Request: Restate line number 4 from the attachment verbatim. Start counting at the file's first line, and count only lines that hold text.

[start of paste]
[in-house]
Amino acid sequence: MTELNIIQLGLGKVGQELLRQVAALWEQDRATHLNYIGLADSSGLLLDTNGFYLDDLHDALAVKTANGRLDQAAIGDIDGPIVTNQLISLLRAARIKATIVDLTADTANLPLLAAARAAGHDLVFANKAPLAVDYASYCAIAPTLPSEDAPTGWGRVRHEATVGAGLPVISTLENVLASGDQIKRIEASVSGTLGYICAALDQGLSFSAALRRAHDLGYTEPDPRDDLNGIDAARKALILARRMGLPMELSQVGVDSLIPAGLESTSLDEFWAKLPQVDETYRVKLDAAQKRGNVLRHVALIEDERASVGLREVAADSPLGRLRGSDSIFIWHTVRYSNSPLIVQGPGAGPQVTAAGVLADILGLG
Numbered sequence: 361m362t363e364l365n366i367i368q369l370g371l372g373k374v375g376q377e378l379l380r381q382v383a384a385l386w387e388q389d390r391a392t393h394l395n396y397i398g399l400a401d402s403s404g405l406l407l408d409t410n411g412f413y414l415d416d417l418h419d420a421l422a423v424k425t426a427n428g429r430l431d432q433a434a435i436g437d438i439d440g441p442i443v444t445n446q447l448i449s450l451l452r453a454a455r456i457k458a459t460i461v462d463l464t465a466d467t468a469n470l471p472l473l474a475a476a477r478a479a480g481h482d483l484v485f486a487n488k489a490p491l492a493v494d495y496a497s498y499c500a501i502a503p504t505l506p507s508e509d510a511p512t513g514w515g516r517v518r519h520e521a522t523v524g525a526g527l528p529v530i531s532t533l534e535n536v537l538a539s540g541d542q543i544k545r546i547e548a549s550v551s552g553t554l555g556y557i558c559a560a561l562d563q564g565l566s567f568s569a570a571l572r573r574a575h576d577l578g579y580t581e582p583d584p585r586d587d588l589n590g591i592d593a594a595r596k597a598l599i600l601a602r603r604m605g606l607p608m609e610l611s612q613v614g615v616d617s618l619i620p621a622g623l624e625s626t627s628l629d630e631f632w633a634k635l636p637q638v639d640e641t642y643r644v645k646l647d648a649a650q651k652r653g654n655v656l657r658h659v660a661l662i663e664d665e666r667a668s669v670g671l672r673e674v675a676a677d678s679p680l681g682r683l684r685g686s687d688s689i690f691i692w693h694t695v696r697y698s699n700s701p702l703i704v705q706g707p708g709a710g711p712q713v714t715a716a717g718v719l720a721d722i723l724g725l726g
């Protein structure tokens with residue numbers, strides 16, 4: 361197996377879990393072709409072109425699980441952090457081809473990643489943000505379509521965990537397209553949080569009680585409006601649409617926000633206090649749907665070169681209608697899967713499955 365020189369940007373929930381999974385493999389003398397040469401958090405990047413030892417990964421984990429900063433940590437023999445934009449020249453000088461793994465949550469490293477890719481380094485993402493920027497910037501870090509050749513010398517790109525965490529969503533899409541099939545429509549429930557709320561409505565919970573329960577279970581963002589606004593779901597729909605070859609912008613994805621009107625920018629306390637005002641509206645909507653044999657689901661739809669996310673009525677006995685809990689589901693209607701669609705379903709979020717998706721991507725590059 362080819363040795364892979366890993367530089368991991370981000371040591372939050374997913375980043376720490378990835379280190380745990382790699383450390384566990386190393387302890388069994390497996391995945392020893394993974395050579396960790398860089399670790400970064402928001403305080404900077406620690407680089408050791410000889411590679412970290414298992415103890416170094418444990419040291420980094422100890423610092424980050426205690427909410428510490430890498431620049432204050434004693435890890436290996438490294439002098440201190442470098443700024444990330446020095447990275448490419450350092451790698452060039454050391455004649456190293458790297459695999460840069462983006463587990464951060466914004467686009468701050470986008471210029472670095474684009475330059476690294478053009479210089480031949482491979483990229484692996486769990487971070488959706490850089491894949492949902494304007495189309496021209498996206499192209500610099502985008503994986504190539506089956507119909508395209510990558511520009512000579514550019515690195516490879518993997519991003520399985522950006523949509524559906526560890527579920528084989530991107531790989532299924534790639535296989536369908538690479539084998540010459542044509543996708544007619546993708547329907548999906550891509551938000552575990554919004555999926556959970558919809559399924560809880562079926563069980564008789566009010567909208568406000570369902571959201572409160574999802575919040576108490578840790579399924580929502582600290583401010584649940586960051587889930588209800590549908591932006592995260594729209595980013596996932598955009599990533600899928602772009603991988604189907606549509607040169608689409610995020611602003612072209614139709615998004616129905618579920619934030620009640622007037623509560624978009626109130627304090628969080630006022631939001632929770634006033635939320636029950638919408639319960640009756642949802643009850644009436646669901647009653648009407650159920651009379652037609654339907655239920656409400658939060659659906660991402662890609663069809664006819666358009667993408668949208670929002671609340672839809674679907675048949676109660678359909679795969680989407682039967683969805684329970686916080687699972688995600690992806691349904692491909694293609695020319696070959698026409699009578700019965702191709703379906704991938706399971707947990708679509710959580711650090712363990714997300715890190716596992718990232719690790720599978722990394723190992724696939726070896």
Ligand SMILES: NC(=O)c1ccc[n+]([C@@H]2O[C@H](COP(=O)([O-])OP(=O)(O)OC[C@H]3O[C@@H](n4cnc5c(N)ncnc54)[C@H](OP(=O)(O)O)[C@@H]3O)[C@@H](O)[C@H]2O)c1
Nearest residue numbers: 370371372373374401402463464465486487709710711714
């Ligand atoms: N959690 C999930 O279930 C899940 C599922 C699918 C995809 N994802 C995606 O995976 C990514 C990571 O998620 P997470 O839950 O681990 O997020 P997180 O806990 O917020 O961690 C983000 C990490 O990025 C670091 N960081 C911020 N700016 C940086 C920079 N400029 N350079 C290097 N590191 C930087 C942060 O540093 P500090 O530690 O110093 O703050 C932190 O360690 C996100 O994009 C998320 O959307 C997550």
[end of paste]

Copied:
């Protein structure tokens with residue numbers, strides 16, 4: 361197996377879990393072709409072109425699980441952090457081809473990643489943000505379509521965990537397209553949080569009680585409006601649409617926000633206090649749907665070169681209608697899967713499955 365020189369940007373929930381999974385493999389003398397040469401958090405990047413030892417990964421984990429900063433940590437023999445934009449020249453000088461793994465949550469490293477890719481380094485993402493920027497910037501870090509050749513010398517790109525965490529969503533899409541099939545429509549429930557709320561409505565919970573329960577279970581963002589606004593779901597729909605070859609912008613994805621009107625920018629306390637005002641509206645909507653044999657689901661739809669996310673009525677006995685809990689589901693209607701669609705379903709979020717998706721991507725590059 362080819363040795364892979366890993367530089368991991370981000371040591372939050374997913375980043376720490378990835379280190380745990382790699383450390384566990386190393387302890388069994390497996391995945392020893394993974395050579396960790398860089399670790400970064402928001403305080404900077406620690407680089408050791410000889411590679412970290414298992415103890416170094418444990419040291420980094422100890423610092424980050426205690427909410428510490430890498431620049432204050434004693435890890436290996438490294439002098440201190442470098443700024444990330446020095447990275448490419450350092451790698452060039454050391455004649456190293458790297459695999460840069462983006463587990464951060466914004467686009468701050470986008471210029472670095474684009475330059476690294478053009479210089480031949482491979483990229484692996486769990487971070488959706490850089491894949492949902494304007495189309496021209498996206499192209500610099502985008503994986504190539506089956507119909508395209510990558511520009512000579514550019515690195516490879518993997519991003520399985522950006523949509524559906526560890527579920528084989530991107531790989532299924534790639535296989536369908538690479539084998540010459542044509543996708544007619546993708547329907548999906550891509551938000552575990554919004555999926556959970558919809559399924560809880562079926563069980564008789566009010567909208568406000570369902571959201572409160574999802575919040576108490578840790579399924580929502582600290583401010584649940586960051587889930588209800590549908591932006592995260594729209595980013596996932598955009599990533600899928602772009603991988604189907606549509607040169608689409610995020611602003612072209614139709615998004616129905618579920619934030620009640622007037623509560624978009626109130627304090628969080630006022631939001632929770634006033635939320636029950638919408639319960640009756642949802643009850644009436646669901647009653648009407650159920651009379652037609654339907655239920656409400658939060659659906660991402662890609663069809664006819666358009667993408668949208670929002671609340672839809674679907675048949676109660678359909679795969680989407682039967683969805684329970686916080687699972688995600690992806691349904692491909694293609695020319696070959698026409699009578700019965702191709703379906704991938706399971707947990708679509710959580711650090712363990714997300715890190716596992718990232719690790720599978722990394723190992724696939726070896």